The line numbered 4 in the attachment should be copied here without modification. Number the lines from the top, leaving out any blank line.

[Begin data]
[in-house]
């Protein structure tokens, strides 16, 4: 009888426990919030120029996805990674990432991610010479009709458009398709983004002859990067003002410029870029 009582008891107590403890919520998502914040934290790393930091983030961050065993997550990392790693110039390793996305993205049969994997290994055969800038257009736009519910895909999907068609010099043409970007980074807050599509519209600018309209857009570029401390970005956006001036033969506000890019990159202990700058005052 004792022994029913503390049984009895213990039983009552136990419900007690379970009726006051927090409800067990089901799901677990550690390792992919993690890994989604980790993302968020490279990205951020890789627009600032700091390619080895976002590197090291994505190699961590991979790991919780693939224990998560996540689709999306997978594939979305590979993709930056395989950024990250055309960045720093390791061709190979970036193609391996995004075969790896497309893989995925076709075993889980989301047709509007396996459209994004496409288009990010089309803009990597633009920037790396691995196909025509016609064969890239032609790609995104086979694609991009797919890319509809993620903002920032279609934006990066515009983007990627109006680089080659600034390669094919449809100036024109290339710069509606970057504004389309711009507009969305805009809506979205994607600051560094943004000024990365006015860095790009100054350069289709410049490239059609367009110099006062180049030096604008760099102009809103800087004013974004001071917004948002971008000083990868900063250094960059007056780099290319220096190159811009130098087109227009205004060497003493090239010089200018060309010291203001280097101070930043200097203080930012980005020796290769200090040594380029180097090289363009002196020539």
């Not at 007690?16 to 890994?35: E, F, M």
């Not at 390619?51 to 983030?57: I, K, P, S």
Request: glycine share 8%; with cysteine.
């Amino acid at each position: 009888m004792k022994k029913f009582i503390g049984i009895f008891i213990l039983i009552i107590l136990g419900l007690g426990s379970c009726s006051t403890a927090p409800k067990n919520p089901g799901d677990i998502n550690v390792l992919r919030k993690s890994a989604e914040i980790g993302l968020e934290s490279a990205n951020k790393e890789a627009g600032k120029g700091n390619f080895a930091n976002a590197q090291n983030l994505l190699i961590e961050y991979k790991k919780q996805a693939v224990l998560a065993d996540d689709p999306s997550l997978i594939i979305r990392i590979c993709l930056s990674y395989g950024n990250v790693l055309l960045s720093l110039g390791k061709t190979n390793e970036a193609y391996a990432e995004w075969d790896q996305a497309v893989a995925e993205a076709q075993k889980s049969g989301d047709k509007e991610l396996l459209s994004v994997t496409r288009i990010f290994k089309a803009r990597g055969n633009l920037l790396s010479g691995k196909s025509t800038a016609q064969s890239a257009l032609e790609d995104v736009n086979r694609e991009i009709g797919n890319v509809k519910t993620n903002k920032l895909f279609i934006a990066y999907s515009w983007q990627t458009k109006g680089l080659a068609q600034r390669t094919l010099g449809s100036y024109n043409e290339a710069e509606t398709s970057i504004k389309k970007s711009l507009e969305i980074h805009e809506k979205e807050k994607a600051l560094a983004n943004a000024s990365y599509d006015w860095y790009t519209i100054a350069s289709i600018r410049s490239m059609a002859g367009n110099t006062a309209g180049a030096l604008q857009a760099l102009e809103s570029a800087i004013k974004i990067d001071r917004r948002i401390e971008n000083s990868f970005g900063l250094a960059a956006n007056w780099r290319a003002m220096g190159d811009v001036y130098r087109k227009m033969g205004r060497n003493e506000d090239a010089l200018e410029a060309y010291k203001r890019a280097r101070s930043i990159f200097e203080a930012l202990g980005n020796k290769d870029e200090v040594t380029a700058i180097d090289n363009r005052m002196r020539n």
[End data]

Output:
């Not at 390619?51 to 983030?57: I, K, P, S």